Today, we explore the answers to that question with Simon P. Newman, a Professor of History at the University of Glasgow and our guide for an investigation into how historians choose their research topics.
About the Series
Doing History episodes will introduce you to historians who will tell you what they know about the past and reveal how they came to their knowledge.
Each episode will air on the last Tuesday of each month in 2016.
This series is part of a partnership between Ben Franklin’s World and the Omohundro Institute of Early American History and Culture.
About the Show
Ben Franklin’s World is a podcast about early American history.
It is a show for people who love history and for those who want to know more about the historical people and events that have impacted and shaped our present-day world.
Each episode features a conversation with a historian who helps us shed light on important people and events in early American history.
In this episode, we investigate how historians choose their research topics by exploring the day-to-day lives of the urban poor in early America. Our guide for this exploration is Simon P. Newman, Professor of History at the University of Glasgow.
During our investigation, Simon reveals information about life for the urban poor in early America; How plantation slavery developed in the British Atlantic World; And, the intellectual journeys that led him to his various research projects.
What You’ll Discover
- Life for the urban poor in early national America
- Size and population of early American cities
- How disease affected poor people in early American cities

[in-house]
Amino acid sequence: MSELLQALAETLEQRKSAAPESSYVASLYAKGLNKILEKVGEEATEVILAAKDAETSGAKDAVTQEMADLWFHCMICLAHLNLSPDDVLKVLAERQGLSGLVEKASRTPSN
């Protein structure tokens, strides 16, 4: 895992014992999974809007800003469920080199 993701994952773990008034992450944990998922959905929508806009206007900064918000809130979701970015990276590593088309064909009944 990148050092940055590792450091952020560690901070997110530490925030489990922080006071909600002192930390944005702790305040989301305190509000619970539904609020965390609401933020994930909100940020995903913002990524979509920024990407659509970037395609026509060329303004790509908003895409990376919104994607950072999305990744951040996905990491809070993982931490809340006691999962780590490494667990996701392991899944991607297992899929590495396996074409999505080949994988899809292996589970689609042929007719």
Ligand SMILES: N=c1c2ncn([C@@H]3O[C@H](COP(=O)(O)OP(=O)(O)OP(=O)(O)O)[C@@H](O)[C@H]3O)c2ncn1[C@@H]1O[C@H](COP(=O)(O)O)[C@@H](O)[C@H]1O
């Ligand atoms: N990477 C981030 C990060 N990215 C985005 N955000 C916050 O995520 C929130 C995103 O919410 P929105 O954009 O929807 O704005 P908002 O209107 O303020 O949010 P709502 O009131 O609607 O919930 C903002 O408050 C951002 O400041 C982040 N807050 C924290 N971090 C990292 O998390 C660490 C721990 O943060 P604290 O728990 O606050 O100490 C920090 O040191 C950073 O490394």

- How historians find research topics
- How Simon found his first book project: Festive culture in the early American republic
- Overview of how plantation slavery developed in the British Atlantic World
- How Simon found his plantation labor and slavery project
- The role historic sources play in how historians find their research topics
- Daily life for poor people in Philadelphia during the late 18th century
- How Simon researched the bodies of poor people
- How historians research difficult topics like death and slavery
- What Simon does with all of the research ideas he doesn’t have time to pursue
- How Simon knows he has found a topic he wants to research
- The collaborative nature of historical research
Links to People, Places, and Publications
- Simon P. Newman
- Simon’s University of Glasgow webpage
- Parades and the Politics of the Street: Festive Culture in the Early American Republic
- Embodied History: The Lives of the Poor in Early Philadelphia
- A New World of Labor: The Development of Plantation Slavery in the British Atlantic
- Omohundro Institute of Early American History and Culture
- Episode 049: Malcolm Gaskill, Between Two Worlds
- Edmund Morgan, American Slavery, American Freedom
Simon, if you could travel back in time, is there a research topic that you would tell yourself to pursue because you did not undertake it for some reason?
Questions, Comments, Suggestions
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